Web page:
The Pretty Things

Bare As Bone, Bright as Blood


All formats.

Out now (Buy here)

The history of pop music is littered with bands that were hugely influential, but never sold as many records as inferior bands, and The Pretty Things were one of them despite creating the rock opera with 1968’s S.F. Sorrow.

Revered by their contempories – Jimmy Page was famously keen to hear their new tunes when they were signed to Zeppelin’s Swansong label – they had a good career by most standards, and this album of blues standards is a clear indicator why they were so highly rated. This is their own swansong as singer Phil May died on May 15 this year in a tragic accident, but this is a record as good as anything he and long-time musical sparring partner Dick Taylor ever recorded.

Both men are in fine form, but with the added dimension of veterans facing their own mortality, which always gives the blues as a form that extra edge. This stripped-down acoustic format is atypical of their sound, but, despite the new challenges, May goes at it with one eye on the dying of the light over Taylor’s subtle and precise playing. Can’t Be Satisfied sets the tone perfectly as a tasty slide of delta blues before the harmonica makes an early appearance on the eerie Come Into My Kitchen, which features Dartford’s finest May singing there are ‘bound to be grits on the table’. Not in Margate mate. The less funereal Faultline smacks of modern masters of Americana like John Mellencamp or The Boss.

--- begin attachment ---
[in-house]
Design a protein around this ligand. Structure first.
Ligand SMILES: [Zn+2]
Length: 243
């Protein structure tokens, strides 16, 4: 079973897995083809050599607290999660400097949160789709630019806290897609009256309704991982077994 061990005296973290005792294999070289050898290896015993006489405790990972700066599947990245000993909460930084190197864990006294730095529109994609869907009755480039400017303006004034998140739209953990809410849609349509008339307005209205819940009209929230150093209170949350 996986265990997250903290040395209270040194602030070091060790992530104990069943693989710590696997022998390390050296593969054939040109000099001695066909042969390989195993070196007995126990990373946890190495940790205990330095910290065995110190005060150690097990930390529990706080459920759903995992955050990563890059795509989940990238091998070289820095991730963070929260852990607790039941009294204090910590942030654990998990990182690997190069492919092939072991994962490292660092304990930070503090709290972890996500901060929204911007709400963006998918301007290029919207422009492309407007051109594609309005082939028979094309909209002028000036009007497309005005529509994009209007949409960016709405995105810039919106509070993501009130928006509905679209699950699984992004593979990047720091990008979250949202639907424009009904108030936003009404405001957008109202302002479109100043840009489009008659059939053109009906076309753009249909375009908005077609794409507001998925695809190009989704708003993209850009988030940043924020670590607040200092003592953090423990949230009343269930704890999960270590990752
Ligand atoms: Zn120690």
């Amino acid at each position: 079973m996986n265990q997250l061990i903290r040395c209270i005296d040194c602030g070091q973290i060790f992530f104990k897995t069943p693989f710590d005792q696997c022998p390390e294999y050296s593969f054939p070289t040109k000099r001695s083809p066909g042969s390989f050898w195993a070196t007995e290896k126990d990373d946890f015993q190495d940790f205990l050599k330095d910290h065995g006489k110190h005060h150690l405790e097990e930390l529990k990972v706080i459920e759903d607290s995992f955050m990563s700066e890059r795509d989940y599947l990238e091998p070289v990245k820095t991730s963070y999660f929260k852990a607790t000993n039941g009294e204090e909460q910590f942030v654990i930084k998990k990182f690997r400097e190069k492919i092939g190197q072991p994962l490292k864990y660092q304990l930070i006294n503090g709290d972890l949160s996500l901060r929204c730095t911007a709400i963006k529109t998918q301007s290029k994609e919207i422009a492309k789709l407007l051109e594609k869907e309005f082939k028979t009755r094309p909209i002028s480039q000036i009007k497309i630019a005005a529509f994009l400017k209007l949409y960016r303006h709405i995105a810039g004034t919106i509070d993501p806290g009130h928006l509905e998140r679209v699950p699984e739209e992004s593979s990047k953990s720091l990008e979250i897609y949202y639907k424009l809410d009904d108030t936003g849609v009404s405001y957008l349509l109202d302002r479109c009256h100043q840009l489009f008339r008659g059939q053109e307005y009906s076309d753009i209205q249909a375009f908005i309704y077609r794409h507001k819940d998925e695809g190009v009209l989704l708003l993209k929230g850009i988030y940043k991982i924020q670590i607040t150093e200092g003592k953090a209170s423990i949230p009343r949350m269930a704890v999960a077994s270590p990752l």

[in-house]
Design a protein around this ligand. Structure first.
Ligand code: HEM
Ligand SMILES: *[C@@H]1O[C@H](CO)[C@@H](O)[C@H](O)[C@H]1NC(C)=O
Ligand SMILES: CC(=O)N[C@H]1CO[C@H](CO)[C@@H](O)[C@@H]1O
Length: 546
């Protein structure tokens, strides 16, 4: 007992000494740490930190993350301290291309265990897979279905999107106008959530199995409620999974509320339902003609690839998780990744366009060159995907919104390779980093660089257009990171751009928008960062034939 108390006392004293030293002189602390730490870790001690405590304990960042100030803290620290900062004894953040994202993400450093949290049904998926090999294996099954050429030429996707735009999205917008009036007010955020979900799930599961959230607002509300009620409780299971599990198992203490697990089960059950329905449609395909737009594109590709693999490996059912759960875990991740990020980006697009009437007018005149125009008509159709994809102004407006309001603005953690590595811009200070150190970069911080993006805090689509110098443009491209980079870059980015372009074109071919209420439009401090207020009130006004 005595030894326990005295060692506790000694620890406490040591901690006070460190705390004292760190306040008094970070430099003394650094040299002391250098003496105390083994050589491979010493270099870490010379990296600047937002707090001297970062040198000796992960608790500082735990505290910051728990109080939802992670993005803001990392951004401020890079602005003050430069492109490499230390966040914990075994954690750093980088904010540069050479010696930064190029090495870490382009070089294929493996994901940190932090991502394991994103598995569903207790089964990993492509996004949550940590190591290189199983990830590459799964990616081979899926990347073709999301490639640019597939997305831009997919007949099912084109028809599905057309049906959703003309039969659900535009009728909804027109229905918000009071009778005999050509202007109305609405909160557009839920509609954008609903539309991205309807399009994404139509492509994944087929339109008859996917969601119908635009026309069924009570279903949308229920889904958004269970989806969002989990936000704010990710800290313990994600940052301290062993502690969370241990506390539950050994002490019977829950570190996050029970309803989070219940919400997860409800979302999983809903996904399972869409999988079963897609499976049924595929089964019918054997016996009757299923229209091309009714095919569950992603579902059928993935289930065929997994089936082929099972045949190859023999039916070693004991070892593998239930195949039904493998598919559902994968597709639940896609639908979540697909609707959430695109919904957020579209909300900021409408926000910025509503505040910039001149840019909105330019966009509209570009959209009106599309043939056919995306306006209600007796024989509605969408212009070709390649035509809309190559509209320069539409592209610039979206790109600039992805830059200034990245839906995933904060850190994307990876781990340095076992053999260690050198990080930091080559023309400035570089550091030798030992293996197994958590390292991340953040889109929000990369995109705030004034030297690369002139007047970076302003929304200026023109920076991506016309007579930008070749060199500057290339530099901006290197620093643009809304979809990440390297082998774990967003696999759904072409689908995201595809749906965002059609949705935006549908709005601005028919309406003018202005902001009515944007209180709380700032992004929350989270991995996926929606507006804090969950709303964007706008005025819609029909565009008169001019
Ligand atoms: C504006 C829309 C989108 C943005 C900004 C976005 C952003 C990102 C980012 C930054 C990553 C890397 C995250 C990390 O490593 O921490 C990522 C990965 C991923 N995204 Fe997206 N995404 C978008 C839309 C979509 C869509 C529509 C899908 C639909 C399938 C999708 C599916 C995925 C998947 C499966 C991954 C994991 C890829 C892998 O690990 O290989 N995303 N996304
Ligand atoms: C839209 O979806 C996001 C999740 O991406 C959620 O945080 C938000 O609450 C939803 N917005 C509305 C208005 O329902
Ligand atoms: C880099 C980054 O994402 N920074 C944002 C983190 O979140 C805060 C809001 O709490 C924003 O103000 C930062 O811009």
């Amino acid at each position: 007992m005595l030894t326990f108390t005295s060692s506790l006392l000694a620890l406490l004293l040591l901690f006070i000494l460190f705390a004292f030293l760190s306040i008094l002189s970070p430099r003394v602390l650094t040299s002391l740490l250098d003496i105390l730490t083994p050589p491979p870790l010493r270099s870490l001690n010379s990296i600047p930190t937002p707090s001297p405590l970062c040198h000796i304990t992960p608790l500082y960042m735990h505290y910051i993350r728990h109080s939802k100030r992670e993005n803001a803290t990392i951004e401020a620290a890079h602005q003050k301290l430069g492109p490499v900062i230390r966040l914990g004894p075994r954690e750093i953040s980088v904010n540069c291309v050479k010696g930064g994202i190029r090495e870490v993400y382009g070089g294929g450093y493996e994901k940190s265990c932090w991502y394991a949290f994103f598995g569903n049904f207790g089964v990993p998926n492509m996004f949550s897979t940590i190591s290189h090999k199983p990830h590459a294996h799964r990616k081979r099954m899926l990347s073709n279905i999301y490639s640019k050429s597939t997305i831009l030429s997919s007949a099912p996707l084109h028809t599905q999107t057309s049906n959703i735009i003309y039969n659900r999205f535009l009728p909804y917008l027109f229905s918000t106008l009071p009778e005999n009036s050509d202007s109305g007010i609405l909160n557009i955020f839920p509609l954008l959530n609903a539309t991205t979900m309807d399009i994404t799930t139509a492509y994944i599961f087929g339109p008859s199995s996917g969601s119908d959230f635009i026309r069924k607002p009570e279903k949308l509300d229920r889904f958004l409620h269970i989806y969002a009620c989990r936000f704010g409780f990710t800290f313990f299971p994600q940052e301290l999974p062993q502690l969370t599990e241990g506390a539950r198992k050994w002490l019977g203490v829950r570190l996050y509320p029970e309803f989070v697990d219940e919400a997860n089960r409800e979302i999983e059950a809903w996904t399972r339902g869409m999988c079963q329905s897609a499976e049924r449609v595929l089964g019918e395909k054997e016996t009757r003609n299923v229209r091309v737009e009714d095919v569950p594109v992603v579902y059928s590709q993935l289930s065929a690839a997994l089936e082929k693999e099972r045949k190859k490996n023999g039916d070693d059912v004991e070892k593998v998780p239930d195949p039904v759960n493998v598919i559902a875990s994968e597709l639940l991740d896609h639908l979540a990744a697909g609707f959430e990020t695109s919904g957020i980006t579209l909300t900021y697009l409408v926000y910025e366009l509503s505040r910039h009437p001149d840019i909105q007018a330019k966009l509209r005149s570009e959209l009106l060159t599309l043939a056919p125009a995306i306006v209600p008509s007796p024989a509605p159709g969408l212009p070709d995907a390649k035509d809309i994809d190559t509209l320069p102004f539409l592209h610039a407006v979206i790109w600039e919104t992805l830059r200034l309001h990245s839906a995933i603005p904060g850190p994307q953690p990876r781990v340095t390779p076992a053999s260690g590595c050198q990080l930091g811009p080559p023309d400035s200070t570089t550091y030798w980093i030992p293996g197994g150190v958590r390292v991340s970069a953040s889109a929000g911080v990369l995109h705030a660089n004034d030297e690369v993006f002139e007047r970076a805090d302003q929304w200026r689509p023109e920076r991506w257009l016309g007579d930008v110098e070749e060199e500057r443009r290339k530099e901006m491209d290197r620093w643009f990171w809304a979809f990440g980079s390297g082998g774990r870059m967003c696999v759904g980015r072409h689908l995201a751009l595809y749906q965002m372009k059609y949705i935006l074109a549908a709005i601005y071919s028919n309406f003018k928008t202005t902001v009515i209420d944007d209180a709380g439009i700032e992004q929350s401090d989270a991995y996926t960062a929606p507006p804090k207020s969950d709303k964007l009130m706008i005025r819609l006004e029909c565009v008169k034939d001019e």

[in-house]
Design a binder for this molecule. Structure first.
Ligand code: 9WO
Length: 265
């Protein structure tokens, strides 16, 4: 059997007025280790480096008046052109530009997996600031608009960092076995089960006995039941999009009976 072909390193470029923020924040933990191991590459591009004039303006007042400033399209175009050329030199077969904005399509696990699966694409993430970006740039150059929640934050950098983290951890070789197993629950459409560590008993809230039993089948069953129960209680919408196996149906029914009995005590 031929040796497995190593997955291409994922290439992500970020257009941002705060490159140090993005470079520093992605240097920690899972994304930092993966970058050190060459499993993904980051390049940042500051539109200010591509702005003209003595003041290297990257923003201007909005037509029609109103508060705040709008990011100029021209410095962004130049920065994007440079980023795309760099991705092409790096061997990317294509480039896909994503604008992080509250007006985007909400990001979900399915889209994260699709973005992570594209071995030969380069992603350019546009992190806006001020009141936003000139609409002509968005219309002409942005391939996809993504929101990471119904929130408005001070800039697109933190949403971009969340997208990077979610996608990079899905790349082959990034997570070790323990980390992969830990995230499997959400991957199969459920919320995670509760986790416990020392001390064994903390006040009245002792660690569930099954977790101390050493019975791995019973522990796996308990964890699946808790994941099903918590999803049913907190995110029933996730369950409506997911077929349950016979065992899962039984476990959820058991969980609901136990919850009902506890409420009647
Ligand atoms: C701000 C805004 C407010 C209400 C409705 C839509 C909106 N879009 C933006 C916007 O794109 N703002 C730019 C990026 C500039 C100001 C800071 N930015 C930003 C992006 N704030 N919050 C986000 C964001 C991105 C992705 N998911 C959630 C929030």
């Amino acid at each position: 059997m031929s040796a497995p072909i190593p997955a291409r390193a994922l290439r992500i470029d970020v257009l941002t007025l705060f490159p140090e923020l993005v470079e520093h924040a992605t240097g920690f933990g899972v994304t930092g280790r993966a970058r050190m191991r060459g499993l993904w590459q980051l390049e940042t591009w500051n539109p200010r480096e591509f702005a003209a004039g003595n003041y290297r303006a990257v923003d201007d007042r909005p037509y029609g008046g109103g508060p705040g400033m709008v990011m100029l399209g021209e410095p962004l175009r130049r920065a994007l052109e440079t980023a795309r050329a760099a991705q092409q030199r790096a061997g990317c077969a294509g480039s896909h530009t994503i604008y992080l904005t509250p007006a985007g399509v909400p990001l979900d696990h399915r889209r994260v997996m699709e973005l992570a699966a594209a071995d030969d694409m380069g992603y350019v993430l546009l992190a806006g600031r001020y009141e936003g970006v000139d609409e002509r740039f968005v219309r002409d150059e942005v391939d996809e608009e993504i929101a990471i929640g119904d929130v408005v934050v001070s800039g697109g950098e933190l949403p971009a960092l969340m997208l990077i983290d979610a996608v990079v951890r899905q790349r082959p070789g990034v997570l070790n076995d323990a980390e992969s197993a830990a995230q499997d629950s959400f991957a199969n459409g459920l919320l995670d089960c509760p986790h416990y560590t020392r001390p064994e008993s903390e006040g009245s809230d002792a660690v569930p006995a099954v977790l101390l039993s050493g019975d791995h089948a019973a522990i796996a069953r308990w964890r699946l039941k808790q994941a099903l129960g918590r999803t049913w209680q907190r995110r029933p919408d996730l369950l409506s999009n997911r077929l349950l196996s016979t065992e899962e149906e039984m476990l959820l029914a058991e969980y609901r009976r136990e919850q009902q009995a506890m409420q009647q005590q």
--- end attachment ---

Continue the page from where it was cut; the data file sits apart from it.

You will not hear a more apt and emotionally honest song than Redemption Day, which has a slightly country twang, and when May sings ‘there’s a train that’s heading straight for heaven’s gate’ it smacks you right between the eyes. It absolutely summons up the broken majesty of Johnny Cash’s version of Hurt – it is that good. The most instantly reconcilable song is the traditional Black Girl, which Nirvana covered in their legendary MTV acoustic set, but May and Taylor’s extra decades of life experience give it a much deeper resonance. To Build A Wall is the least bluesy number on here – and perhaps more typical of their sound – but it somehow feels the right way to say goodbye.

It would too easy to praise this touching and beautifully played record because someone died but that would be an insult. The Pretty Things have gone out on a creative high, and on their own terms as artists.

The quest for British blues album of the year is officially now over.

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Words by Paul Clarke, you can see his author profile here.

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